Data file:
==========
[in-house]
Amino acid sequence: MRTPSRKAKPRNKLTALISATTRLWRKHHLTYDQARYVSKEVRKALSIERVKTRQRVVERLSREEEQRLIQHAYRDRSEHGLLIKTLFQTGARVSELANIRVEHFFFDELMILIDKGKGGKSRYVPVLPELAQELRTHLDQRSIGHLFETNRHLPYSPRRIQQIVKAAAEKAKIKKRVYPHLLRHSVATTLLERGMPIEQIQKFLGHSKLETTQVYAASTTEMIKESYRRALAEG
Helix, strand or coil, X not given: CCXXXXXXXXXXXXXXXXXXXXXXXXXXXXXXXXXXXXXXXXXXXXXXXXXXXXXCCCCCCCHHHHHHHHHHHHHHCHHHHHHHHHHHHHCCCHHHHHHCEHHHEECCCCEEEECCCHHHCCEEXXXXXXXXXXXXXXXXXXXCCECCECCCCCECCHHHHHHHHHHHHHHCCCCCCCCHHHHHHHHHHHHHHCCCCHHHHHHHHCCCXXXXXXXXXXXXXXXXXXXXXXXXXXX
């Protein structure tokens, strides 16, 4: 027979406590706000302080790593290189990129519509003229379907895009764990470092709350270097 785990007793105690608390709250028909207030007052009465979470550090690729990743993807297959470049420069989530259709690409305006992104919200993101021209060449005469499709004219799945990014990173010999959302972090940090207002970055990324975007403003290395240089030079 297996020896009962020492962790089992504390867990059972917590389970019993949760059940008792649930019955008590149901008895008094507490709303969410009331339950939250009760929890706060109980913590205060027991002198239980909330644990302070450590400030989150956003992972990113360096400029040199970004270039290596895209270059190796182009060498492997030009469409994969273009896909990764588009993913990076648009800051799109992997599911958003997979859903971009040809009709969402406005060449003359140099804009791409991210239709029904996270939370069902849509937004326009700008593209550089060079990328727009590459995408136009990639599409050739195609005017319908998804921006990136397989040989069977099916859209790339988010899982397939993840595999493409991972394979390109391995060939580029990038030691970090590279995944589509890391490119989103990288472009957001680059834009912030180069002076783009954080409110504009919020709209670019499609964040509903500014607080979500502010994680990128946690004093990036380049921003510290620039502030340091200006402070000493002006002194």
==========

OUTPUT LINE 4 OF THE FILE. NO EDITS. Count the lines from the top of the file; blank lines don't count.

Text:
């Protein structure tokens, strides 16, 4: 027979406590706000302080790593290189990129519509003229379907895009764990470092709350270097 785990007793105690608390709250028909207030007052009465979470550090690729990743993807297959470049420069989530259709690409305006992104919200993101021209060449005469499709004219799945990014990173010999959302972090940090207002970055990324975007403003290395240089030079 297996020896009962020492962790089992504390867990059972917590389970019993949760059940008792649930019955008590149901008895008094507490709303969410009331339950939250009760929890706060109980913590205060027991002198239980909330644990302070450590400030989150956003992972990113360096400029040199970004270039290596895209270059190796182009060498492997030009469409994969273009896909990764588009993913990076648009800051799109992997599911958003997979859903971009040809009709969402406005060449003359140099804009791409991210239709029904996270939370069902849509937004326009700008593209550089060079990328727009590459995408136009990639599409050739195609005017319908998804921006990136397989040989069977099916859209790339988010899982397939993840595999493409991972394979390109391995060939580029990038030691970090590279995944589509890391490119989103990288472009957001680059834009912030180069002076783009954080409110504009919020709209670019499609964040509903500014607080979500502010994680990128946690004093990036380049921003510290620039502030340091200006402070000493002006002194």